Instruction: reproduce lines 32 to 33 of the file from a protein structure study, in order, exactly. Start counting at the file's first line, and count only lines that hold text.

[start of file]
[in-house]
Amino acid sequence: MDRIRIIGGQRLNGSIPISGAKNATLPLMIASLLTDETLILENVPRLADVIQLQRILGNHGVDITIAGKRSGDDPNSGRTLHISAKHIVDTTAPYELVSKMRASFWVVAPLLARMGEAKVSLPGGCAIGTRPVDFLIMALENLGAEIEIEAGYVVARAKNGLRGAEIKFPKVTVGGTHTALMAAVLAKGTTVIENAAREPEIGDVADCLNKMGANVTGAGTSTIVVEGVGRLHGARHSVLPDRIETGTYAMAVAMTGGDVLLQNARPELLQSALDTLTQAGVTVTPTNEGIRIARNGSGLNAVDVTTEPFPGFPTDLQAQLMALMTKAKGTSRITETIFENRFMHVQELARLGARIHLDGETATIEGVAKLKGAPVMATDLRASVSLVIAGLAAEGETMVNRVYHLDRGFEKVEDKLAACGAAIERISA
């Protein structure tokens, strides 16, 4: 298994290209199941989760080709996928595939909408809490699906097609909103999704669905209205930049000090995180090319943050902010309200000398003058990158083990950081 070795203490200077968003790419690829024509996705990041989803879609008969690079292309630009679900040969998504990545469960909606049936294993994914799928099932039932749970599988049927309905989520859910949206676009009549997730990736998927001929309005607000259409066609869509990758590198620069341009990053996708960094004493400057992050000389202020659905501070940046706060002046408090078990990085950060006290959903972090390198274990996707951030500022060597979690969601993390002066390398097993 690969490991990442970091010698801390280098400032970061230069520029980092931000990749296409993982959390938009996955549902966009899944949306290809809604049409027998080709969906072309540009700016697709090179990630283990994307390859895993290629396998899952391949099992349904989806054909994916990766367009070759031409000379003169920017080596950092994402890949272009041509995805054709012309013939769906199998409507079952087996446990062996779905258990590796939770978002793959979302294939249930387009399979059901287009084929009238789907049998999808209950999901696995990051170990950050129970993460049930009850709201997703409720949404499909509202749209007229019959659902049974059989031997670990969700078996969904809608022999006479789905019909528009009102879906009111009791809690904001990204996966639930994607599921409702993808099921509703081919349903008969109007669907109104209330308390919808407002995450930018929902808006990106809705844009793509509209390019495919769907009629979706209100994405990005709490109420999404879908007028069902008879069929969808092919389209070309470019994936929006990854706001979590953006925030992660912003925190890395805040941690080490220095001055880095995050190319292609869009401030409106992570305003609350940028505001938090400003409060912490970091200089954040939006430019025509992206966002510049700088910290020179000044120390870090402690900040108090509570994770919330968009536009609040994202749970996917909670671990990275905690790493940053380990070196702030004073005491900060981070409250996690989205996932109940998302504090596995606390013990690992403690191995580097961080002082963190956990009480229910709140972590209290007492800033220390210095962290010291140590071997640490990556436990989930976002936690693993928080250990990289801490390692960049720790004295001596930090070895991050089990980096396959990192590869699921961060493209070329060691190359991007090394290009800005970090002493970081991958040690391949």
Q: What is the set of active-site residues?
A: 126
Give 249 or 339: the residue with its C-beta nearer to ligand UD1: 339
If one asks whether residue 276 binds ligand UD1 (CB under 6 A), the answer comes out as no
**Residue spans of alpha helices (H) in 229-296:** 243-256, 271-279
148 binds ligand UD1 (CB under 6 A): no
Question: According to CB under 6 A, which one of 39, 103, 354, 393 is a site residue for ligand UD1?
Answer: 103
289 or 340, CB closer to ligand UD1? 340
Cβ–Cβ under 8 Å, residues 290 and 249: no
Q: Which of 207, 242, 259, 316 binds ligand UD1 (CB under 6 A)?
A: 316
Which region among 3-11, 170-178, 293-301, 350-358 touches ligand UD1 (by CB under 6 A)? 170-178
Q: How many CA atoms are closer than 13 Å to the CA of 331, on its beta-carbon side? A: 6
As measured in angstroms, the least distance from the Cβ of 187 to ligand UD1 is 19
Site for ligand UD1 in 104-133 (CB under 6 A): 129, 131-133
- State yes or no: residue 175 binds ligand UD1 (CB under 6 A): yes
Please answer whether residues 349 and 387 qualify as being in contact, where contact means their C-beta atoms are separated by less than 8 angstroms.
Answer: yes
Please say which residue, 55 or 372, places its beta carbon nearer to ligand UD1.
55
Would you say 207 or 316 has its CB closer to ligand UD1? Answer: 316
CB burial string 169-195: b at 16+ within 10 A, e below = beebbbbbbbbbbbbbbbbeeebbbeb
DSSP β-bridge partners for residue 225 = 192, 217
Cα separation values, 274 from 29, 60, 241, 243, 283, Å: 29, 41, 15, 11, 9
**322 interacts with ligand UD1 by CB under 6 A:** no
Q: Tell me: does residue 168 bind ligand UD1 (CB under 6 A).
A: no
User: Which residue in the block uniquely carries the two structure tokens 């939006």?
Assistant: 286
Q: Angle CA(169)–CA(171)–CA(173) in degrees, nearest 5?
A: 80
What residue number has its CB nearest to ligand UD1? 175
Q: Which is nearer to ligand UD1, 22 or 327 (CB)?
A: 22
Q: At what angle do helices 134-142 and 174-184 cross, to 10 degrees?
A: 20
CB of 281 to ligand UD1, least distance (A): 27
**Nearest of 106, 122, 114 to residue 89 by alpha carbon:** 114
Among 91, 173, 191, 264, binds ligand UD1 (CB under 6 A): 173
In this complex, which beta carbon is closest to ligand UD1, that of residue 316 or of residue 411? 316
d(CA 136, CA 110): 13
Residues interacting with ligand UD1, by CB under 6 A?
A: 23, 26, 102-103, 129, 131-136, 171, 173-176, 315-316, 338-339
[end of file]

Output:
User: Which residue in the block uniquely carries the two structure tokens 């939006």?
Assistant: 286